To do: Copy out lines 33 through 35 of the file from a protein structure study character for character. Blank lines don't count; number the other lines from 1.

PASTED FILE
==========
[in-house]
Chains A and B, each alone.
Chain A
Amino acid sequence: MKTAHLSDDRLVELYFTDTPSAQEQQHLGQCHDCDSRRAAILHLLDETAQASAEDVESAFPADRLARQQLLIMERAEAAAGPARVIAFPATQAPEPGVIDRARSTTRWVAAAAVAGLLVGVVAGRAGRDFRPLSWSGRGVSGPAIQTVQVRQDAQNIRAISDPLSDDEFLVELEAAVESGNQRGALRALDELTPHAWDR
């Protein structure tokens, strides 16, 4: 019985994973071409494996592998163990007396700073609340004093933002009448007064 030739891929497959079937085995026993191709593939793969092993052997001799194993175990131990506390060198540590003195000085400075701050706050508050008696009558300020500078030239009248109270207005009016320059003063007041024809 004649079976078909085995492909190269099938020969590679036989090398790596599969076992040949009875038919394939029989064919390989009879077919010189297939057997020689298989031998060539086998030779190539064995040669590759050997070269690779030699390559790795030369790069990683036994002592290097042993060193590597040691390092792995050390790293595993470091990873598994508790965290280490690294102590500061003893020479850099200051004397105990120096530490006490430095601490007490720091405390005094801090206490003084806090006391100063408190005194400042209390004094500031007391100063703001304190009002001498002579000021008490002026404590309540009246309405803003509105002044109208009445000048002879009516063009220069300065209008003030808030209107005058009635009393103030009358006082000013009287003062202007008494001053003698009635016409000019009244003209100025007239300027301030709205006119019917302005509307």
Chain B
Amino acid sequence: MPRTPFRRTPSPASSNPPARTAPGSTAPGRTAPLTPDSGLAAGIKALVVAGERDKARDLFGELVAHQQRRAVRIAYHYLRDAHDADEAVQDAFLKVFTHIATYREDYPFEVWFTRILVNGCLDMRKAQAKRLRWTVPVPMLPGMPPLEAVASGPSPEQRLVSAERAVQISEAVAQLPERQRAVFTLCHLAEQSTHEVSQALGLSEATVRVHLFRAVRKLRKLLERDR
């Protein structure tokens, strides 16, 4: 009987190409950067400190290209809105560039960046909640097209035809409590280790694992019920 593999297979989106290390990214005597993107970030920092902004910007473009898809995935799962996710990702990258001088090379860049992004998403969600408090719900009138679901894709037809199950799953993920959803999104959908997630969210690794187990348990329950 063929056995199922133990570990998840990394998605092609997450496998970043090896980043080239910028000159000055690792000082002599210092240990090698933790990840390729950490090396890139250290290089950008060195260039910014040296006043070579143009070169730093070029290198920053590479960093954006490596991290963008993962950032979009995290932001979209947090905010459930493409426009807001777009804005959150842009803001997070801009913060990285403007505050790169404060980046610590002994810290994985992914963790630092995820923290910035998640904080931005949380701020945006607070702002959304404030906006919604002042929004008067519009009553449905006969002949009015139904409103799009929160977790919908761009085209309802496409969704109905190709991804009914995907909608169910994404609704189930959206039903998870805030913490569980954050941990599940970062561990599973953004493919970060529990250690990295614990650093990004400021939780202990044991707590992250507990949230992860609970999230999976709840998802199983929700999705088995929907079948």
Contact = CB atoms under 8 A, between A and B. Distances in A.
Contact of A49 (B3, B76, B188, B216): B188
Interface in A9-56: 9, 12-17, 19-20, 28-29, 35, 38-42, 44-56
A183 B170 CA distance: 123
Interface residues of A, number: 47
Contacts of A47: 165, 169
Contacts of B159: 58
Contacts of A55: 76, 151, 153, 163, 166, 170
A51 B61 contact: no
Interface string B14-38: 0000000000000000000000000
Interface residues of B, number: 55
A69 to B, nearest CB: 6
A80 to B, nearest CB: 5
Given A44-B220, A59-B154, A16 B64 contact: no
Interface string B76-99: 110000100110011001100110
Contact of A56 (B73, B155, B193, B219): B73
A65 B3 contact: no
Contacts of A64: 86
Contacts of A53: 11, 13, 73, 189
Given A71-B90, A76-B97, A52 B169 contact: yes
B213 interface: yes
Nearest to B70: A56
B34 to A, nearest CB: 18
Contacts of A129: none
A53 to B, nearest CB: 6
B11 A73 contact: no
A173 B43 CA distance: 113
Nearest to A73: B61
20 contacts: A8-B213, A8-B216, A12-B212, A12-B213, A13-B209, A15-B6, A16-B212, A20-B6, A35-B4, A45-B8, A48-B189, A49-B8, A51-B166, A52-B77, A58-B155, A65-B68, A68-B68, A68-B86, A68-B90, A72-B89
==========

A53 to B, nearest CB: 6
B11 A73 contact: no
A173 B43 CA distance: 113